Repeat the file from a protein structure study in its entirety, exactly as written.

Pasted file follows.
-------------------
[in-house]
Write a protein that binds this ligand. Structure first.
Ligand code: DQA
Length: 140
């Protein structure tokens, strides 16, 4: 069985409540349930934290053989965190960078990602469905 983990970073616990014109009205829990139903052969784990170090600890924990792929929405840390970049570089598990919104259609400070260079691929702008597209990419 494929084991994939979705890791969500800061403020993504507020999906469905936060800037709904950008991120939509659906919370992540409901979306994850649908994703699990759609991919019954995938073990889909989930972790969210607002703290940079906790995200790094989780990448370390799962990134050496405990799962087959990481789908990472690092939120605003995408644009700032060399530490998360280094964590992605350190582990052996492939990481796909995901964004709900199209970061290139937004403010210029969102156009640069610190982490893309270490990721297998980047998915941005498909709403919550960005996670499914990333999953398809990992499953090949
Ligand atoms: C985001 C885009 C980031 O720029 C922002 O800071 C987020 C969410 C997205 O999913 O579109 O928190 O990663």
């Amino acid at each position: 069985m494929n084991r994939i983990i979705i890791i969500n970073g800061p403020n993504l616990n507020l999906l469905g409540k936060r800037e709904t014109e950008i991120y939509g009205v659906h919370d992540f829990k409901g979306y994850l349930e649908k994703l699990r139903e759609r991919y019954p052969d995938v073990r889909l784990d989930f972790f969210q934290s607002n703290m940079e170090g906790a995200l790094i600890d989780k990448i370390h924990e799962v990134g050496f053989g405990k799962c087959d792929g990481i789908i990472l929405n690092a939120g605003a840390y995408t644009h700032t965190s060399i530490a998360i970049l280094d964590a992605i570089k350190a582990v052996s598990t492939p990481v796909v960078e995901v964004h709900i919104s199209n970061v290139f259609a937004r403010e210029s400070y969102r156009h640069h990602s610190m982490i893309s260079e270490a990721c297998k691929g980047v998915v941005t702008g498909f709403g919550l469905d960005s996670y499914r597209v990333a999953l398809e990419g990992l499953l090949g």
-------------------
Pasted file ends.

[in-house]
Write a protein that binds this ligand. Structure first.
Ligand code: DQA
Length: 140
């Protein structure tokens, strides 16, 4: 069985409540349930934290053989965190960078990602469905 983990970073616990014109009205829990139903052969784990170090600890924990792929929405840390970049570089598990919104259609400070260079691929702008597209990419 494929084991994939979705890791969500800061403020993504507020999906469905936060800037709904950008991120939509659906919370992540409901979306994850649908994703699990759609991919019954995938073990889909989930972790969210607002703290940079906790995200790094989780990448370390799962990134050496405990799962087959990481789908990472690092939120605003995408644009700032060399530490998360280094964590992605350190582990052996492939990481796909995901964004709900199209970061290139937004403010210029969102156009640069610190982490893309270490990721297998980047998915941005498909709403919550960005996670499914990333999953398809990992499953090949
Ligand atoms: C985001 C885009 C980031 O720029 C922002 O800071 C987020 C969410 C997205 O999913 O579109 O928190 O990663």
């Amino acid at each position: 069985m494929n084991r994939i983990i979705i890791i969500n970073g800061p403020n993504l616990n507020l999906l469905g409540k936060r800037e709904t014109e950008i991120y939509g009205v659906h919370d992540f829990k409901g979306y994850l349930e649908k994703l699990r139903e759609r991919y019954p052969d995938v073990r889909l784990d989930f972790f969210q934290s607002n703290m940079e170090g906790a995200l790094i600890d989780k990448i370390h924990e799962v990134g050496f053989g405990k799962c087959d792929g990481i789908i990472l929405n690092a939120g605003a840390y995408t644009h700032t965190s060399i530490a998360i970049l280094d964590a992605i570089k350190a582990v052996s598990t492939p990481v796909v960078e995901v964004h709900i919104s199209n970061v290139f259609a937004r403010e210029s400070y969102r156009h640069h990602s610190m982490i893309s260079e270490a990721c297998k691929g980047v998915v941005t702008g498909f709403g919550l469905d960005s996670y499914r597209v990333a999953l398809e990419g990992l499953l090949g």